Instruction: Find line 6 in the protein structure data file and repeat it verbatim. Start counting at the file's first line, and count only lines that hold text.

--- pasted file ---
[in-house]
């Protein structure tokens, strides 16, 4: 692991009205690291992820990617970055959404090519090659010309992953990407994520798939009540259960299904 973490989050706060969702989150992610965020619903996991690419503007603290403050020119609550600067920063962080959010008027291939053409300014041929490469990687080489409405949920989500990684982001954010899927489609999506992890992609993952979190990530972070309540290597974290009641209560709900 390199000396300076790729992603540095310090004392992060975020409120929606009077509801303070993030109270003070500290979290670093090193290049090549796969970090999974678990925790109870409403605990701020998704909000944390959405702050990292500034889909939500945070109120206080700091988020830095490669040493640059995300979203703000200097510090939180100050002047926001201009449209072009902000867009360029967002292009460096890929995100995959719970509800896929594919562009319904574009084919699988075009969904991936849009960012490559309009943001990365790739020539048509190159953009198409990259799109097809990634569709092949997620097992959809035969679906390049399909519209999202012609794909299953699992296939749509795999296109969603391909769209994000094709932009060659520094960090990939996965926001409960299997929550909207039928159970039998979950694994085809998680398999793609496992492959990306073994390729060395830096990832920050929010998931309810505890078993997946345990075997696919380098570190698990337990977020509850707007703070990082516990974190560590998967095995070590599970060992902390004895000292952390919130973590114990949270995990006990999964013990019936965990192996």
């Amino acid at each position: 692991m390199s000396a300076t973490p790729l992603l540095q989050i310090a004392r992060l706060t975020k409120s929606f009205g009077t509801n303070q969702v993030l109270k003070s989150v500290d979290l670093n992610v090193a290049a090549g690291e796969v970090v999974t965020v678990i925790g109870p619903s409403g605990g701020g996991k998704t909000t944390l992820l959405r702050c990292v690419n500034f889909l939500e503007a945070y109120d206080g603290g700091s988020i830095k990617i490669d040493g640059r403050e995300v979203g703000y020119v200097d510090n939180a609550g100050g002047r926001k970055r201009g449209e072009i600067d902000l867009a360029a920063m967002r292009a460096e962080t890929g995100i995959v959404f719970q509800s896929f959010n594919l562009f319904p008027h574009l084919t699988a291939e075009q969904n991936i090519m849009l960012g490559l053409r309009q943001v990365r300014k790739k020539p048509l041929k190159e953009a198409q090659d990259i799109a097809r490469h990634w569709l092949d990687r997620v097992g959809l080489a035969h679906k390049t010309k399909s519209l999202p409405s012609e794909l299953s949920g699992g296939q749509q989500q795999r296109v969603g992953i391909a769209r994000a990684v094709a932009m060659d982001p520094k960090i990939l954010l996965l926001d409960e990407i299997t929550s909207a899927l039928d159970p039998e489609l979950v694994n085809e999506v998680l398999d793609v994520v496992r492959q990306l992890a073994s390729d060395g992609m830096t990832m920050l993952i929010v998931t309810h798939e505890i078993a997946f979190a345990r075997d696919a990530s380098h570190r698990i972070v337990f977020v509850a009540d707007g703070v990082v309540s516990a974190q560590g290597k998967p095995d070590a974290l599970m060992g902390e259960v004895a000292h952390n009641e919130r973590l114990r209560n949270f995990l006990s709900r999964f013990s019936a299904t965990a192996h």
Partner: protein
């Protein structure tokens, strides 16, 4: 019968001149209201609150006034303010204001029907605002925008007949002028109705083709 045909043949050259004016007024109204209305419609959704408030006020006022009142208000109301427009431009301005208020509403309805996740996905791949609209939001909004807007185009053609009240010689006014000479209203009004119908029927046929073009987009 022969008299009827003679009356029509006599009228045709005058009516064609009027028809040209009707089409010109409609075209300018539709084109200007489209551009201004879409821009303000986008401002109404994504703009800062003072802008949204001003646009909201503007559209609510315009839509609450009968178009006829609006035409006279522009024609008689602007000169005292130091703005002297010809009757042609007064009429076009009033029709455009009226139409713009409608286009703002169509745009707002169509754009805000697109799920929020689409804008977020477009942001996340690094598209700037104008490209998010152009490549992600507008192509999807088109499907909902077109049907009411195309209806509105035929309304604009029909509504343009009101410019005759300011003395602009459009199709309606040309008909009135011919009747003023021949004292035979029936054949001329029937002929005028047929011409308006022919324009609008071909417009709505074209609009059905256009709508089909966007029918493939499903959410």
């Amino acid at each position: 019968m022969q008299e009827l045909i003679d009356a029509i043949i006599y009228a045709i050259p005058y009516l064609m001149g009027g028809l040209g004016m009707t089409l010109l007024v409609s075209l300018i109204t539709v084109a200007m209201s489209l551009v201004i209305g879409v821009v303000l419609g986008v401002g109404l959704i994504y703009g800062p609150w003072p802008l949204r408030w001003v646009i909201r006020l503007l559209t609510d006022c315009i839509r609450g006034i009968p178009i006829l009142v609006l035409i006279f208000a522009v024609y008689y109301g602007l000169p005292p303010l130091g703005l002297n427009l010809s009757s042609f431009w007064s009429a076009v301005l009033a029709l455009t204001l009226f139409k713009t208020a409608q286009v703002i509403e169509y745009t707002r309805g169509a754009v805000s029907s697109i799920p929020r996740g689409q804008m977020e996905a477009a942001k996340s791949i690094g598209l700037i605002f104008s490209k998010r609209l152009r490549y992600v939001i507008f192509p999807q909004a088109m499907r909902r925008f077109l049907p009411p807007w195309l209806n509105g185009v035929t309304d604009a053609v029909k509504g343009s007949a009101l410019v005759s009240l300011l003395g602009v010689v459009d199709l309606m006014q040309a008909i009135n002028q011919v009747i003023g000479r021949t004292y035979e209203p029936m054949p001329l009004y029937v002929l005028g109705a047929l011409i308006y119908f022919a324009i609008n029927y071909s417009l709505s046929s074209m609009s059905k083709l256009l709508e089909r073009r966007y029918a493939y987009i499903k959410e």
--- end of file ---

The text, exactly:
């Amino acid at each position: 019968m022969q008299e009827l045909i003679d009356a029509i043949i006599y009228a045709i050259p005058y009516l064609m001149g009027g028809l040209g004016m009707t089409l010109l007024v409609s075209l300018i109204t539709v084109a200007m209201s489209l551009v201004i209305g879409v821009v303000l419609g986008v401002g109404l959704i994504y703009g800062p609150w003072p802008l949204r408030w001003v646009i909201r006020l503007l559209t609510d006022c315009i839509r609450g006034i009968p178009i006829l009142v609006l035409i006279f208000a522009v024609y008689y109301g602007l000169p005292p303010l130091g703005l002297n427009l010809s009757s042609f431009w007064s009429a076009v301005l009033a029709l455009t204001l009226f139409k713009t208020a409608q286009v703002i509403e169509y745009t707002r309805g169509a754009v805000s029907s697109i799920p929020r996740g689409q804008m977020e996905a477009a942001k996340s791949i690094g598209l700037i605002f104008s490209k998010r609209l152009r490549y992600v939001i507008f192509p999807q909004a088109m499907r909902r925008f077109l049907p009411p807007w195309l209806n509105g185009v035929t309304d604009a053609v029909k509504g343009s007949a009101l410019v005759s009240l300011l003395g602009v010689v459009d199709l309606m006014q040309a008909i009135n002028q011919v009747i003023g000479r021949t004292y035979e209203p029936m054949p001329l009004y029937v002929l005028g109705a047929l011409i308006y119908f022919a324009i609008n029927y071909s417009l709505s046929s074209m609009s059905k083709l256009l709508e089909r073009r966007y029918a493939y987009i499903k959410e």